What would happen if Canada abolished the monarchy?

John Aimers,Charles Roach
The Next City
March 21, 1999

The Next City asked John Aimers, dominion chairman and founder of the Monarchist League of Canada, and Charles Roach, founder of the Alliance for the Canadian Republic, to comment.

 

Canada would become more Americanized. In rejecting our nation’s belief in the importance of individuals, mirrored by personal allegiance to another human being — the sovereign — and substituting America’s melting pot mentality, Canada would have one less reason for a separate existence in a continent where the natural lines of geography, trade, culture, and language already run north-south. Many provinces, their sovereignty within Confederation diminished by the ultimate Ottawa power grab, would feel tempted to seek union with the United States. Quebec would soon become a folkloric backwater, à la Louisiana, rather than a vibrant culture, its distinctiveness cherished within the inevitable tensions of Confederation.

Canadians would be less free. The political ruling elite would triumph, without a check on its absolute power. Elected presidents would campaign for office just like any other politician, thereby creating another level of divisiveness in national life. Instead of the monarch and her viceregal representatives acting as chief volunteers, exemplars of duty, bulwarks of stability, and guarantors of the rule of law, Canadians would have a surfeit of politicians pursuing career advancement, seeking the favor of voting blocs, and keeping an eye on the next election.

Canada would have less prestige. A queen and her representatives provide color, romance, and aspiration as opposed to the necessarily grey, grubby, and greedy world of partisanship. The “peace, order, and good government” afforded by our current system has led the United Nations to choose Canada as the world’s most desirable place to live. What conceivable advantage would result from abolishing the monarchy? One more chicken in every pot? One less pupil in an overcrowded classroom? One more loonie for a single mother? No — rather, one colossal loss of an established and dignified institution.

Canada would have a stronger national identity. In a republic, a Canadian president would be the head of state and would officiate at the opening of parliament, and other political and social events, rather than some minion of a foreign monarch. The monarchy is not an equal opportunity calling, but in a republic, every Canadian boy or girl could aspire to becoming Canada’s head of state — through democracy, rather than through the vagaries of birth. Canadians who fought for local democracy would be honored as national heroes. Louis-Joseph Papineau and Louis Riel would be treated as founding fathers. Samuel Lount and Peter Mathews, hanged publicly in Toronto by the decree of Queen Victoria in 1837, would be national patriots. Their images would appear on Canadian coins, not that of some distant monarch.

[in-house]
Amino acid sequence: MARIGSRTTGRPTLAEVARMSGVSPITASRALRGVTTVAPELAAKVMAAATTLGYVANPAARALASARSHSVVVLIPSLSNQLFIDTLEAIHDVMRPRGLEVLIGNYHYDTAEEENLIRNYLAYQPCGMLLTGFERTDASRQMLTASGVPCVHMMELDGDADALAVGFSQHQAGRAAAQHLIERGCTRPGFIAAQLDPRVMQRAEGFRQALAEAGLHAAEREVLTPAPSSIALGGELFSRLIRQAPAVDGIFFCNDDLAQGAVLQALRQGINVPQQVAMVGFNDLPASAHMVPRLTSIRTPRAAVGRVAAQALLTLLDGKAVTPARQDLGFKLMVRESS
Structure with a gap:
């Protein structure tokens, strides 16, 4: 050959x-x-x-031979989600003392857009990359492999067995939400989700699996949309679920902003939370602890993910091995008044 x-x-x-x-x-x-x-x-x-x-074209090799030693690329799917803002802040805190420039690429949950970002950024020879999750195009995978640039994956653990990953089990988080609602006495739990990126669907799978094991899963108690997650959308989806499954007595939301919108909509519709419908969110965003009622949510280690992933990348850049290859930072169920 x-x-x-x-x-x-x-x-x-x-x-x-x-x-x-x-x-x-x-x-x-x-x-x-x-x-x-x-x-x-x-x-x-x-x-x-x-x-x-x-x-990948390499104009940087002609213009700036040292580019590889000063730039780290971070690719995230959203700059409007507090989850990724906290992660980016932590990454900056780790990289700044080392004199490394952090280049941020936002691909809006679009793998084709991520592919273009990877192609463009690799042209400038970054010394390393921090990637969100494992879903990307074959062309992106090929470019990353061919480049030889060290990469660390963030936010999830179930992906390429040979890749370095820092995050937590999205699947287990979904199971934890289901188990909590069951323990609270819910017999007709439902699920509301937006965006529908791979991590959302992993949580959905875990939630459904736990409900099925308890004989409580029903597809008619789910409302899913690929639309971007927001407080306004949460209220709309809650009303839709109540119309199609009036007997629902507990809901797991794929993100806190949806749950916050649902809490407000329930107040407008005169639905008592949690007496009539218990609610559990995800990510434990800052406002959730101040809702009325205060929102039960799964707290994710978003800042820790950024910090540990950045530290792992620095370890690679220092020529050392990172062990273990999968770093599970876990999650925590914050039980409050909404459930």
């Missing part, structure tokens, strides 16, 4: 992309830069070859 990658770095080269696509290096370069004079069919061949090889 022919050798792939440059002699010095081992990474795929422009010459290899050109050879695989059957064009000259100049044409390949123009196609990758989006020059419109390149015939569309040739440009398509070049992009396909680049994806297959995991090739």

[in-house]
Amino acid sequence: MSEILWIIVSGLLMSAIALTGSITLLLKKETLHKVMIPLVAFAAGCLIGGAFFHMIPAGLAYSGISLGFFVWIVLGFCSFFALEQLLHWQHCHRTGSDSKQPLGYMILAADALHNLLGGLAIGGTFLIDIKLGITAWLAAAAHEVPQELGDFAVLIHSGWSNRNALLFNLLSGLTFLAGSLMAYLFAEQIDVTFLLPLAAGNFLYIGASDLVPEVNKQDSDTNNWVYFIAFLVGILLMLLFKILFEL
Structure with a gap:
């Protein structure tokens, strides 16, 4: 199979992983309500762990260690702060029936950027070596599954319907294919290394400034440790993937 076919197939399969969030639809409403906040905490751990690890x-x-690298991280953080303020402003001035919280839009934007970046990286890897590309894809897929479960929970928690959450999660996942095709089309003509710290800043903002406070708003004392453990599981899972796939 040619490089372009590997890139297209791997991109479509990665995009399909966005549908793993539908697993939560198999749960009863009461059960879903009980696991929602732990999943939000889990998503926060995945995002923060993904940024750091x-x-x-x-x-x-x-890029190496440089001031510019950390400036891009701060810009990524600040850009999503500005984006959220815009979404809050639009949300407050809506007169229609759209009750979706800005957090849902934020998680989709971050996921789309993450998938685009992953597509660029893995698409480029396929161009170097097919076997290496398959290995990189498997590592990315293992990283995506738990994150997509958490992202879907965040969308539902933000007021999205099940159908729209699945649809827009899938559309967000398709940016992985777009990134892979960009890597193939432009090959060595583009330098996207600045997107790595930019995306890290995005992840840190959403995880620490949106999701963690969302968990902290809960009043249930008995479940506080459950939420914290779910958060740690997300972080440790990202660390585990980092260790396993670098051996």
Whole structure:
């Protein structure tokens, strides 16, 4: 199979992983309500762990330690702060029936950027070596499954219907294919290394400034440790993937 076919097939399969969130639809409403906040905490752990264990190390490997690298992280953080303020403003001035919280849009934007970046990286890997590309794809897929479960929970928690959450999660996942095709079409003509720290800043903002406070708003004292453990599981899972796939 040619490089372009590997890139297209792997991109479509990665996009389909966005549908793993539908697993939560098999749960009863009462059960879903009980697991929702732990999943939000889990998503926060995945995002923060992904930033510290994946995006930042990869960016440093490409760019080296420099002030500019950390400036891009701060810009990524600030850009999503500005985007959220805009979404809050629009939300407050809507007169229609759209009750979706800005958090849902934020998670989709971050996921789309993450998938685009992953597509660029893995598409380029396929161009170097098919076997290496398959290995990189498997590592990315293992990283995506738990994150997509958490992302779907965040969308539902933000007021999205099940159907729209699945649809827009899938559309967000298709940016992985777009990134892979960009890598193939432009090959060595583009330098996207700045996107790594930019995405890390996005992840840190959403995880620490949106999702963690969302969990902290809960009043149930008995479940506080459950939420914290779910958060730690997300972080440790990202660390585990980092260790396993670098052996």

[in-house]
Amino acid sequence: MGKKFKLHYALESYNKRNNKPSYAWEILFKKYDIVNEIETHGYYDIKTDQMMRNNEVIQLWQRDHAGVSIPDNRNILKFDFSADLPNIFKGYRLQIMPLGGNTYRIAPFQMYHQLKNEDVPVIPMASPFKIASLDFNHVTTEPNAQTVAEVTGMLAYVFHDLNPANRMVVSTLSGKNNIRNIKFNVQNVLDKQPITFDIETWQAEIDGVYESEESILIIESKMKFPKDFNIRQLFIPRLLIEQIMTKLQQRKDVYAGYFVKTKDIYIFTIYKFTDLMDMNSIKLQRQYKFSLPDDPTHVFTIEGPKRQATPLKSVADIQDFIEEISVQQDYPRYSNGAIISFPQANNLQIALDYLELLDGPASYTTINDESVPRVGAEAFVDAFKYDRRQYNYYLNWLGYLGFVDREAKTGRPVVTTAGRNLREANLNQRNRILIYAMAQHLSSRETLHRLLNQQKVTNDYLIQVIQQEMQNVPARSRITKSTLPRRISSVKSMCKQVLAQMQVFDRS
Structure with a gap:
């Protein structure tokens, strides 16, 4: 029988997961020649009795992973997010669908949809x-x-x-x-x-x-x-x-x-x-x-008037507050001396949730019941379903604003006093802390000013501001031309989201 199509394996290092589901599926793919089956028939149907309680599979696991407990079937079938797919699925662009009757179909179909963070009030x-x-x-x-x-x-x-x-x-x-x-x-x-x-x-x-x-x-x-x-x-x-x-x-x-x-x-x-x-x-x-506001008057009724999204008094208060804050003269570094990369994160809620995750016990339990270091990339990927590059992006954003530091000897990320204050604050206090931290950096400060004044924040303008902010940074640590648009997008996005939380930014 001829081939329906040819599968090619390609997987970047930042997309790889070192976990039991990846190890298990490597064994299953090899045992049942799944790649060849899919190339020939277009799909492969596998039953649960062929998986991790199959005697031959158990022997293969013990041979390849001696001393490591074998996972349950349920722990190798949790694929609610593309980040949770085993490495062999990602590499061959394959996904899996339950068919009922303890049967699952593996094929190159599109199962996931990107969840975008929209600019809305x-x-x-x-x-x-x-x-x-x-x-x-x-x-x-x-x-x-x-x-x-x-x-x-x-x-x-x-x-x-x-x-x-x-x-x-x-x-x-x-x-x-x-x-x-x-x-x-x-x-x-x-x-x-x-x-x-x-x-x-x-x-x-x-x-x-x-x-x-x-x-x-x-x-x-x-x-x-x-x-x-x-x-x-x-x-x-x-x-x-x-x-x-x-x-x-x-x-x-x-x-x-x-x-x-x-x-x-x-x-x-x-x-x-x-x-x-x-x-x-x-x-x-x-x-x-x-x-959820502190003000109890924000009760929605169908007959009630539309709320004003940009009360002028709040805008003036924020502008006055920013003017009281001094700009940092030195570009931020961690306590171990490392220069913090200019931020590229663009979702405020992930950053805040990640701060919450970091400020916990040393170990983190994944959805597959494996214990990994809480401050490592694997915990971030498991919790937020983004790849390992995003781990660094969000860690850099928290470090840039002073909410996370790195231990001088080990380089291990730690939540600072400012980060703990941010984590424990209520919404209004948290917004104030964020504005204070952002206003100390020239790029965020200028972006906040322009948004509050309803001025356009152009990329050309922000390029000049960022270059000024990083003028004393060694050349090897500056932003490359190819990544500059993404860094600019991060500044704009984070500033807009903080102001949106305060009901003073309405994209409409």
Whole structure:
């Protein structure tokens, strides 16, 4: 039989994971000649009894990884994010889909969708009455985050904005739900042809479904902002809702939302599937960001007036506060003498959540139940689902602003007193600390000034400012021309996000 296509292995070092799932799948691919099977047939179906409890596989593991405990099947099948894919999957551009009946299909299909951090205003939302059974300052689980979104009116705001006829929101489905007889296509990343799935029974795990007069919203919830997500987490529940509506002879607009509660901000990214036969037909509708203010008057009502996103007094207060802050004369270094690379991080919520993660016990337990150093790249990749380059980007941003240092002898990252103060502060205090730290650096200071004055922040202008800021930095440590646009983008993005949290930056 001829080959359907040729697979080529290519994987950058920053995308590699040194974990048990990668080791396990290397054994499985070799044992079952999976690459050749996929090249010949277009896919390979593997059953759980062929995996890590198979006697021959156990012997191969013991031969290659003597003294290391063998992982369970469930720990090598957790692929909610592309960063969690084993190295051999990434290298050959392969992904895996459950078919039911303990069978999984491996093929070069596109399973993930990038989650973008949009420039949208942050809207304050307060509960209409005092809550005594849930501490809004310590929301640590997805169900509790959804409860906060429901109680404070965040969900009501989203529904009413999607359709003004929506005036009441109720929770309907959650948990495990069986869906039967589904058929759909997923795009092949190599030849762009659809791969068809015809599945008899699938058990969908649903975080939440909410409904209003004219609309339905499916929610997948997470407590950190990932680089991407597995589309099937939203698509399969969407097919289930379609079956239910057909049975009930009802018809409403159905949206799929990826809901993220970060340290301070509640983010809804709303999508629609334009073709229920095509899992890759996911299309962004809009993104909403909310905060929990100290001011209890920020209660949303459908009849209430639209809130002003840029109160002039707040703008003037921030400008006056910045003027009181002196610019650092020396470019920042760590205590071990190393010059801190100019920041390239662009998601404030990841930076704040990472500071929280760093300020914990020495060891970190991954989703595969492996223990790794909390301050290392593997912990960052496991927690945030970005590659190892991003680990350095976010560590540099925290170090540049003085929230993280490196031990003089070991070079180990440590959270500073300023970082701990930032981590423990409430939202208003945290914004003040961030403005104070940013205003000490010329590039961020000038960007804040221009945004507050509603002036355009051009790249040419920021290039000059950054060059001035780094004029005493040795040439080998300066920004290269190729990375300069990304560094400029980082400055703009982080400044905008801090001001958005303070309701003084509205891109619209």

Canada would become more united. Those of us who are descendants of conquerors would reconcile our histories with the histories of those of us who are descendants of enslaved and colonized peoples. Formerly subjugated peoples — French Canadians, Native Canadians, immigrants from Africa, Asia, and the Caribbean — would no longer feel beholden to the Saxe-Coburg-Gotha clan known as the Windsors.

Canadians would have freedom of conscience. When Bloc Québécois members refused to take an oath of fealty to the English queen in 1993, they were forced to do so, since Parliament could not open without their presence as Her Majesty’s loyal opposition. In a republic, Canadians would be able to hold public office and become naturalized citizens without taking a personal loyalty oath to a foreign monarch and his heirs. Canadian politicians would also be able to speak their minds. Today, standing Order 18 prevents members of Parliament from uttering any words in the House or Senate that would either oppose the interests of the monarch or embarrass the monarchy.

Charles Roach

John Aimers

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